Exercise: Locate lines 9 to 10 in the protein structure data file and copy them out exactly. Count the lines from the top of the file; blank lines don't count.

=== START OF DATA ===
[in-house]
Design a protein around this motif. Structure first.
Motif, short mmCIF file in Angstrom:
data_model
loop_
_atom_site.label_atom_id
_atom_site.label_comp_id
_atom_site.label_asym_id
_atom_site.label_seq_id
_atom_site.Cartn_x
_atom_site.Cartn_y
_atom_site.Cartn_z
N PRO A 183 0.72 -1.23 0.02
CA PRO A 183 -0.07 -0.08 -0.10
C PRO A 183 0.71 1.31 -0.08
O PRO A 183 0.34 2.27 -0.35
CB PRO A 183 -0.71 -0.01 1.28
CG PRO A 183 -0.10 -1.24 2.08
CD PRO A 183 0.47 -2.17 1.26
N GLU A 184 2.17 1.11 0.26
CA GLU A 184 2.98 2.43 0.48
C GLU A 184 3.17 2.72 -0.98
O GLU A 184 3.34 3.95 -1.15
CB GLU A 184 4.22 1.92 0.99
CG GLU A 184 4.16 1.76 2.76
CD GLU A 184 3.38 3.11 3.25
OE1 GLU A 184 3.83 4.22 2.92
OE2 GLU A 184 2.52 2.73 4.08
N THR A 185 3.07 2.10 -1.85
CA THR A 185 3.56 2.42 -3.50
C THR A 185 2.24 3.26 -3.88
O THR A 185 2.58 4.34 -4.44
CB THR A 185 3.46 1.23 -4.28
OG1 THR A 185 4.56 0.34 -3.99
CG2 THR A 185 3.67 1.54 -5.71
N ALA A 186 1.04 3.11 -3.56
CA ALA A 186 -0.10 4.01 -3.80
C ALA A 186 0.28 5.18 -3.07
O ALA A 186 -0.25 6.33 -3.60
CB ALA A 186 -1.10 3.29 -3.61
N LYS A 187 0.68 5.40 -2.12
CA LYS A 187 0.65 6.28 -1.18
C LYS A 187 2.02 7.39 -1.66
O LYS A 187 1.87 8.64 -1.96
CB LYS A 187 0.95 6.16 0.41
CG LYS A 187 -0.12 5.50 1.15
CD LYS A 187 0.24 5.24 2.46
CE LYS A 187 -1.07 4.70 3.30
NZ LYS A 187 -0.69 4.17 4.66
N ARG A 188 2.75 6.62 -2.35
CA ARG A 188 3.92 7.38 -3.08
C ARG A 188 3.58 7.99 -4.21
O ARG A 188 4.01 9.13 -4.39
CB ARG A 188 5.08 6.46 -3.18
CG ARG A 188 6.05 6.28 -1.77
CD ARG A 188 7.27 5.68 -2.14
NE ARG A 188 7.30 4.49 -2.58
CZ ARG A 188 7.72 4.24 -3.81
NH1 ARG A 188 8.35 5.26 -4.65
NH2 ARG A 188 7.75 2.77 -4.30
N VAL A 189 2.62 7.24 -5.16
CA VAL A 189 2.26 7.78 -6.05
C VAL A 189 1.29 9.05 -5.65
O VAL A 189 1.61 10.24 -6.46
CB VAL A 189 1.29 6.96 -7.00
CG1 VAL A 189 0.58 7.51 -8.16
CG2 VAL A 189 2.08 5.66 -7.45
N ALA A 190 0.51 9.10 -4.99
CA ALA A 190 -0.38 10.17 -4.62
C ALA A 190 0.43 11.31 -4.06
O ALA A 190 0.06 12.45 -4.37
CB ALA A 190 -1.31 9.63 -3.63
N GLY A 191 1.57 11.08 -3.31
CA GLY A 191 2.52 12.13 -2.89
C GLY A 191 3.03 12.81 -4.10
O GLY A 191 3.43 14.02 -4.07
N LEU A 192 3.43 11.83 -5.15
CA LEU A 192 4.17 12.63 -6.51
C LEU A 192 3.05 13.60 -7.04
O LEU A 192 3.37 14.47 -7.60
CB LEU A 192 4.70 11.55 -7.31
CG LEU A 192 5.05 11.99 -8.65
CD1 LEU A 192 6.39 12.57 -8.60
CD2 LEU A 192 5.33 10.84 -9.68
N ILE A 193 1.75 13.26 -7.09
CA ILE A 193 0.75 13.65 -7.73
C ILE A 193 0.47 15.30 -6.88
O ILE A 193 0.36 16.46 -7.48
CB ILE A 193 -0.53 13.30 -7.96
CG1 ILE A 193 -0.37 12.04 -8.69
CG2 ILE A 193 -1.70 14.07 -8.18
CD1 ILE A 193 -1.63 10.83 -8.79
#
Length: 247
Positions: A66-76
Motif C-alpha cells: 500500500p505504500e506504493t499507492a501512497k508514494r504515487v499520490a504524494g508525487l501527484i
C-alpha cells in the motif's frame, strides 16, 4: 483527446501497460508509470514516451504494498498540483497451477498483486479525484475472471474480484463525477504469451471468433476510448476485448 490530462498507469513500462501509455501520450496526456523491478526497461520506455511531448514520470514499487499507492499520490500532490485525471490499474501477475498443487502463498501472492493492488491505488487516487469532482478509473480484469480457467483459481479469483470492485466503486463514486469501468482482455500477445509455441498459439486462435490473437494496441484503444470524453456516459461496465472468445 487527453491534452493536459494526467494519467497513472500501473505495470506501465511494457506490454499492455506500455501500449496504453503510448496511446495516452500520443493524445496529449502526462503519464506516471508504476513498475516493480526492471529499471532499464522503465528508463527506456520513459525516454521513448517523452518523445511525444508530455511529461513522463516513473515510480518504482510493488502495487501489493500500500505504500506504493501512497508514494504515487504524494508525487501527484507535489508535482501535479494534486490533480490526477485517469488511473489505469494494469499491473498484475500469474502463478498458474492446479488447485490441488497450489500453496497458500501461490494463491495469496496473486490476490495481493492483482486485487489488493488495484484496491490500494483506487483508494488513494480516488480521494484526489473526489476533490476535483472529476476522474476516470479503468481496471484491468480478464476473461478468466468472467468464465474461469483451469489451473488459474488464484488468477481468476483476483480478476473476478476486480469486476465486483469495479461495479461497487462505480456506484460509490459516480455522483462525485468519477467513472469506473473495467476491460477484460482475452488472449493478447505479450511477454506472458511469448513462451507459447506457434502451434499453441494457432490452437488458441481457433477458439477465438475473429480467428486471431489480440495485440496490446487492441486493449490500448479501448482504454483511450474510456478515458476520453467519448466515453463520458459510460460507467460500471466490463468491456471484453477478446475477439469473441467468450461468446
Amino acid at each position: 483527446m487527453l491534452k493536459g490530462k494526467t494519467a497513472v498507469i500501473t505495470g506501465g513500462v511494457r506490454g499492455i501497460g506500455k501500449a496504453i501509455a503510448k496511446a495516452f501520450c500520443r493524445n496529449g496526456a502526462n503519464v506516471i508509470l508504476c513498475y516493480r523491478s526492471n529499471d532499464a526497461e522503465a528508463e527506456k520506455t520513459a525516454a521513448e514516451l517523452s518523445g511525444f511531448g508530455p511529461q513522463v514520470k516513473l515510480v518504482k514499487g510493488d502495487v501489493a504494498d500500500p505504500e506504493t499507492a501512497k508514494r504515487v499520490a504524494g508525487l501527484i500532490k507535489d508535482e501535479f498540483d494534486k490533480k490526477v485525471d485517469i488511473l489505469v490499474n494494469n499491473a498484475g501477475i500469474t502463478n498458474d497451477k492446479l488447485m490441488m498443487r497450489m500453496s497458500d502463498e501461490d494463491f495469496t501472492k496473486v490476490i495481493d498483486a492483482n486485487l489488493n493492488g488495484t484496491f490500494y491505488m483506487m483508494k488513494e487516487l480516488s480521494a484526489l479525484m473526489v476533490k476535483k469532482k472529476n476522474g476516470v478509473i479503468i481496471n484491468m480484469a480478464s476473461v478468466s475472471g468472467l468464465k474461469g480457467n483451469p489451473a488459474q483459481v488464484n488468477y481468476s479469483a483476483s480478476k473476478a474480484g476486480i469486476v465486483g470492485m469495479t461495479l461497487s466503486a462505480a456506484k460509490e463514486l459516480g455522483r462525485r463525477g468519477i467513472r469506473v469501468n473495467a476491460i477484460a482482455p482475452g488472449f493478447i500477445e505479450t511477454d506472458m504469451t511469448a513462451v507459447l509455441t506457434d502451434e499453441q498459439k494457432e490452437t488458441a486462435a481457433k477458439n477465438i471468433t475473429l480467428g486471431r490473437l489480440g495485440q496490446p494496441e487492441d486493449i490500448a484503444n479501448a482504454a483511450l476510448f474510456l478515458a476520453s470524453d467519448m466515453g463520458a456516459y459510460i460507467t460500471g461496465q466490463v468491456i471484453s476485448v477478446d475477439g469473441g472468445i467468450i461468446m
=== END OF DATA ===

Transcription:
_atom_site.label_seq_id
_atom_site.Cartn_x